Campaign raises heart disease awareness in woman using red dress symbol and helps them prevent heart disease by learning heart facts

Red Dress Symbol Helps Prevent Heart Disease in Women

This post was originally written during my 2 1/2 year tenure as a blogger for Health Goes Strong. This site was deactivated on July 1, 2013, but you can view it here.

CAMPAIGN RAISES HEART DISEASE AWARENESS IN WOMAN USING RED DRESS SYMBOL AND HELPS THEM PREVENT HEART DISEASE BY LEARNING HEART FACTS

As we all know by now, Michelle Obama wore a red dress to the inaugural ball. When she made her appearance it answered the biggest question since the election, “Who designed her gown?” I’m sure no one was thinking about her choice as a symbol for heart disease awareness in women.

But if seeing that Jason Wu gown was a reminder to women to learn our risk factors to prevent heart disease, it may have saved many lives. One woman out of every four in the United States will die from heart disease this year. Knowing the heart facts represented by that red dress is important for us all, but even more so for African American women whose rates of heart disease are twice those of white women.

What Is Heart Disease?

Any disease affecting the heart or the blood vessels that supply blood, oxygen and nutrients to it is a form of heart disease. It includes hypertension (high blood pressure), stroke (loss of blood to the brain), dysrhythmias (abnormalities in heart rhythm), cardiomyopathy (disease of the heart muscle), congestive heart failure (inability to pump sufficient blood), inflammatory heart disease (inflammation of the heart muscle) and rheumatic heart disease (infection in the heart).

These are not just diseases that happen to men or old people.

Heart disease occurs in women at the same rate as men, and at any age, but women are much less likely to pay attention to the early warning signs. That’s a problem because there is no cure for it. No pills, no procedures, no surgery can make heart disease go away. Once you have it you’ll always have it. Early intervention is the only way to minimize the damage and extend the quality of one’s life.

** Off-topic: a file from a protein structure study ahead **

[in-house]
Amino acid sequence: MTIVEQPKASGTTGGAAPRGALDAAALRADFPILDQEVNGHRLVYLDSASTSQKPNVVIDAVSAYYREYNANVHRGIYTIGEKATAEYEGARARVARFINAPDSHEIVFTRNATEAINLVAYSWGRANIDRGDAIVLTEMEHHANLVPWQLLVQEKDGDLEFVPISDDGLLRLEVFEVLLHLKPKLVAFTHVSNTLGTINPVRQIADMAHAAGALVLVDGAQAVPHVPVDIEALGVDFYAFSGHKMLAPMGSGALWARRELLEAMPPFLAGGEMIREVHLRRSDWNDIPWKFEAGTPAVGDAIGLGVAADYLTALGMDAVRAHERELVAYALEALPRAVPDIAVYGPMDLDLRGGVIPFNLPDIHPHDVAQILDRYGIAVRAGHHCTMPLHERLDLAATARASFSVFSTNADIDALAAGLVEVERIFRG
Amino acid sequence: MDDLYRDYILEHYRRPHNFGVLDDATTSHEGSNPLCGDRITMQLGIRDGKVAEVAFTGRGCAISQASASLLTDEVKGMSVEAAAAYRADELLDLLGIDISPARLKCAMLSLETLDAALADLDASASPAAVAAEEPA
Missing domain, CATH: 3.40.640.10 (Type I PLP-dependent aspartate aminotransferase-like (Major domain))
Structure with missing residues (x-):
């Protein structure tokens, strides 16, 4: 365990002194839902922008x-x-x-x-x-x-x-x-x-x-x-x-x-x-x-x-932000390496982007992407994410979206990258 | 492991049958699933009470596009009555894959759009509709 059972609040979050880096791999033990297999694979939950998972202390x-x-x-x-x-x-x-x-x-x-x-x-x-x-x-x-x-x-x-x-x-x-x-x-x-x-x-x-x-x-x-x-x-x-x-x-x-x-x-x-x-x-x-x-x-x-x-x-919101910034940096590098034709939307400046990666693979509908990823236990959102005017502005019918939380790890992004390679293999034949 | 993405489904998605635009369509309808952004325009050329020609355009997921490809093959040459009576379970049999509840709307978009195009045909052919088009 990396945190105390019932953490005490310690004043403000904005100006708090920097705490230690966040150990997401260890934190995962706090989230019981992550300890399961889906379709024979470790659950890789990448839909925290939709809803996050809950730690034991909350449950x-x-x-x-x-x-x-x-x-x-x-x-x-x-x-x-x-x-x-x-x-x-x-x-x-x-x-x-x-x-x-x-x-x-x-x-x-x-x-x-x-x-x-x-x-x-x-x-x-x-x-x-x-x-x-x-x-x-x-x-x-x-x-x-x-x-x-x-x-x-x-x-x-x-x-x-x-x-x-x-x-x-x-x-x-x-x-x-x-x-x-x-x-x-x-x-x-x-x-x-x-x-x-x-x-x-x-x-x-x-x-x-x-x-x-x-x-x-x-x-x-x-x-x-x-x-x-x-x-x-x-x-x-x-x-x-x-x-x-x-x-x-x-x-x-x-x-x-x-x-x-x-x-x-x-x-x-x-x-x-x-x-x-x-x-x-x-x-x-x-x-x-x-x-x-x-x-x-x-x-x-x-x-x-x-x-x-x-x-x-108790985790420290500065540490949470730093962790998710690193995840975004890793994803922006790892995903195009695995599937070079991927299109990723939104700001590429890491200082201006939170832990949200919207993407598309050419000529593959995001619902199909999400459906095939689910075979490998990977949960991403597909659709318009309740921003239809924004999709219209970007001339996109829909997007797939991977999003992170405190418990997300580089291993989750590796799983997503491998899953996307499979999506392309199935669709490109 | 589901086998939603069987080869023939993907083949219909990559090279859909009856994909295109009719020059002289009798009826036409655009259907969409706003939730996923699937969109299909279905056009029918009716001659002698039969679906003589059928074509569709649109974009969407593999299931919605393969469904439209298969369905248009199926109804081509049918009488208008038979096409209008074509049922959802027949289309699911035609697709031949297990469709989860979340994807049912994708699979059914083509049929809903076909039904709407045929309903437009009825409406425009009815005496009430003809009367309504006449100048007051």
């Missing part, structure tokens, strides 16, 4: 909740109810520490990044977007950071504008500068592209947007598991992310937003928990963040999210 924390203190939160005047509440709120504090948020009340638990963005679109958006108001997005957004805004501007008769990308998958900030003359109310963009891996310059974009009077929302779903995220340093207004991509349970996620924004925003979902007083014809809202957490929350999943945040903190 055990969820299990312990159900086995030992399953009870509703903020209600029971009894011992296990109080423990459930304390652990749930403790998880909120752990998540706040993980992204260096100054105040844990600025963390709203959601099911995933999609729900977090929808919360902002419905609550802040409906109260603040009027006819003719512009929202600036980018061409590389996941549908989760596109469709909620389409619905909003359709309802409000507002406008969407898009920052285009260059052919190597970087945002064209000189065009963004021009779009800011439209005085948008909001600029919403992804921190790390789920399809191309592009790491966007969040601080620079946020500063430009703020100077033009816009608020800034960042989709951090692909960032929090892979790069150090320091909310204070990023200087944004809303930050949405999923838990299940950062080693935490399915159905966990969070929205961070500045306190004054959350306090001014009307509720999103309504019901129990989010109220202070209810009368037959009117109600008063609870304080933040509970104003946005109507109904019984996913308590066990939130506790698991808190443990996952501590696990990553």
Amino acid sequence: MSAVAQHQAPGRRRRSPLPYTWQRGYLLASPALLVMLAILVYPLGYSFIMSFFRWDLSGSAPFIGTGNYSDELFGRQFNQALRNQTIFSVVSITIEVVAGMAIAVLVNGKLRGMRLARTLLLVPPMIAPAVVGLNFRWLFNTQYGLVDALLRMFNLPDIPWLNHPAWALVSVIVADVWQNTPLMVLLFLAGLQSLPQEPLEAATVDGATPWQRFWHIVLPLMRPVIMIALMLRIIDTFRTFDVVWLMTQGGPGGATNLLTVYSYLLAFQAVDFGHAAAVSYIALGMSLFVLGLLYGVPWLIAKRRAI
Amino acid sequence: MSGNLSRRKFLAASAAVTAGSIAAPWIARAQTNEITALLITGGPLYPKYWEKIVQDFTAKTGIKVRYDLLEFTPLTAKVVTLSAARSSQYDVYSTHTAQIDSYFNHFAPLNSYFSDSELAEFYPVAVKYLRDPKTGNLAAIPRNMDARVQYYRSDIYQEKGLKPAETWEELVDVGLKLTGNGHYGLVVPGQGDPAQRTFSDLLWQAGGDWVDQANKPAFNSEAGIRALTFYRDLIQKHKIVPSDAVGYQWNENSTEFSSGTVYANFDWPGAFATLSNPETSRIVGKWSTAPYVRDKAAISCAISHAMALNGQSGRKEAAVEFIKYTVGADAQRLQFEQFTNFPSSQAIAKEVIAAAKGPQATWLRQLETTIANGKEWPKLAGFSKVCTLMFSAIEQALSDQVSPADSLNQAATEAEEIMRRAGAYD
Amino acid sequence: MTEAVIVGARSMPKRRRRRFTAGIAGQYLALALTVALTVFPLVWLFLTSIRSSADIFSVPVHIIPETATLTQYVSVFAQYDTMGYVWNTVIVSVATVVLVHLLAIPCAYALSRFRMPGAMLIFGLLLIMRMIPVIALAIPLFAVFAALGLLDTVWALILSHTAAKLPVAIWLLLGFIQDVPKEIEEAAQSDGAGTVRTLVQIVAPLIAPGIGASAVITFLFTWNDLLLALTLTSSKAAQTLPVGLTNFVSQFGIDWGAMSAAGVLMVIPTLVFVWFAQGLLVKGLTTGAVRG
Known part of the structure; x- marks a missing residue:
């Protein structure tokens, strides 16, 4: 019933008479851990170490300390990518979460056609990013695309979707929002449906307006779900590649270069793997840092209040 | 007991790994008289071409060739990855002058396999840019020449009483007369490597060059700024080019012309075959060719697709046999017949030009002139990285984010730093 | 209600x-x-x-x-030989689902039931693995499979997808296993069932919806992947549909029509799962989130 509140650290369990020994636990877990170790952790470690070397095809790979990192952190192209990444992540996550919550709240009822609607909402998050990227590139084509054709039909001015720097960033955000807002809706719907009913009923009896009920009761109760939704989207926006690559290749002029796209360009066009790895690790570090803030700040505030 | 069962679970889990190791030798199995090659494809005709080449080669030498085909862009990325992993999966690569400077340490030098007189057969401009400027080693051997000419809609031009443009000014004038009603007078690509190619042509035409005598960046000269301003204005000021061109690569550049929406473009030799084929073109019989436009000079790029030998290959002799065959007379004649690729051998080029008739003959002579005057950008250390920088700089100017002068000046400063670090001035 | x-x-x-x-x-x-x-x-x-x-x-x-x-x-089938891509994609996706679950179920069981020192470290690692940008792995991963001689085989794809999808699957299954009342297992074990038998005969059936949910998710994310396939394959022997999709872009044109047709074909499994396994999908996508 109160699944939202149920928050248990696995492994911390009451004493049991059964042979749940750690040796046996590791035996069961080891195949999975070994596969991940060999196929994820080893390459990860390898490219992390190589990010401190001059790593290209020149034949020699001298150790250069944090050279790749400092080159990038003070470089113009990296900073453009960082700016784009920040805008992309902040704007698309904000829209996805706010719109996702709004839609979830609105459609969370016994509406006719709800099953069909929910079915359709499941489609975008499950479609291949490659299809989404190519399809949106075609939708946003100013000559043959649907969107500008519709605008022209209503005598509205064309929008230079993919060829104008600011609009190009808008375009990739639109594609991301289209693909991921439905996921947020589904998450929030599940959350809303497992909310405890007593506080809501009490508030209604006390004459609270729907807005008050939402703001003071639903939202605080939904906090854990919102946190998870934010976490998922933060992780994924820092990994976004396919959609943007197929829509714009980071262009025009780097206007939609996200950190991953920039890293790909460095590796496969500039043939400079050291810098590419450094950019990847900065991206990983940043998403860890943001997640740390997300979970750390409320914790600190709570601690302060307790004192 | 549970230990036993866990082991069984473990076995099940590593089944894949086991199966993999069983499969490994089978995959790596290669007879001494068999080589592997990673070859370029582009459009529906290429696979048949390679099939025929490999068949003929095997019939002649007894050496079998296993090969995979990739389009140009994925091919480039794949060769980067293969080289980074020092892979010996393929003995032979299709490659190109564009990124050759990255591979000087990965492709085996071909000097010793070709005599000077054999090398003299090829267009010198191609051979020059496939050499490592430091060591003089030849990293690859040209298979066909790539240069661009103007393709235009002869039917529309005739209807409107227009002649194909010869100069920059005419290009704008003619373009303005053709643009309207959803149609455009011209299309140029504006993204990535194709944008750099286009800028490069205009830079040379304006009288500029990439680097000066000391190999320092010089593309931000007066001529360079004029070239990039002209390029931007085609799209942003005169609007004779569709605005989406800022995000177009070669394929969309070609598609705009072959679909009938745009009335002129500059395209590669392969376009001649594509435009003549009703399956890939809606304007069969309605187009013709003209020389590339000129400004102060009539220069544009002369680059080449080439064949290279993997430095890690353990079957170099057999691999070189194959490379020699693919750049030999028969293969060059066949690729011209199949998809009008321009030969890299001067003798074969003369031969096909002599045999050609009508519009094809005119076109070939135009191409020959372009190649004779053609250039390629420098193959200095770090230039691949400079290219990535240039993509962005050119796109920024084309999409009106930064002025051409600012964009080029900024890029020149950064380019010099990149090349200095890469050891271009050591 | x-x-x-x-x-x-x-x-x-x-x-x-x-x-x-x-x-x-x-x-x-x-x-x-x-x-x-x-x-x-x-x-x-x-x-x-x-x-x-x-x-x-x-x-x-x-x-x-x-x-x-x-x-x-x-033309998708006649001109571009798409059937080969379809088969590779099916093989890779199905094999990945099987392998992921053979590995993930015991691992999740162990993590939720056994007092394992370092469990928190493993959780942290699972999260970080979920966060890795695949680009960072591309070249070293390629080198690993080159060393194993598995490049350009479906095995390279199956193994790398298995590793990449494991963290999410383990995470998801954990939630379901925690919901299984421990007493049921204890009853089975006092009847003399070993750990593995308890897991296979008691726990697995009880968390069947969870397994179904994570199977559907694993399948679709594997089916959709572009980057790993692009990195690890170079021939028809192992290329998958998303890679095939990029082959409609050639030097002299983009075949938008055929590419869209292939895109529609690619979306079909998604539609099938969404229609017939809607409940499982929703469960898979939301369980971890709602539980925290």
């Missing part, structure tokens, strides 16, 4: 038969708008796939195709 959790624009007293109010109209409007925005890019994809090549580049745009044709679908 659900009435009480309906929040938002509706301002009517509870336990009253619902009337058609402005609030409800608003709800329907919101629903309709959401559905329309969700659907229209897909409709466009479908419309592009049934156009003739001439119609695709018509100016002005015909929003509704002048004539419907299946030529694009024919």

So what are we waiting for ladies?

What Can We Do To Prevent Heart Disease?

The risks for heart disease fall into two simple categories: Risks you can’t change and those you can. Age and family history fall into the first category. Smoking, being inactive or overweight are in the second.

I love this handy wallet card that lists the questions you should ask your doctor to find out your personal risk of heart disease. It provides a place to record the all-important “numbers” that help determine your risk, explains what the goals are for improving those numbers, and suggests things you can do to lower them. One recommendation is to adopt a heart-healthy diet, which is good for the entire family.

Are you ready to get started? With Valentine’s Day just around the corner, there will be plenty of red dresses to remind you. Once you know how to prevent heart disease, be sure to share the red dress story to raise heart disease awareness in your daughters, sisters, nieces, aunts, mothers, and other women in your life so they can lower their risk, too.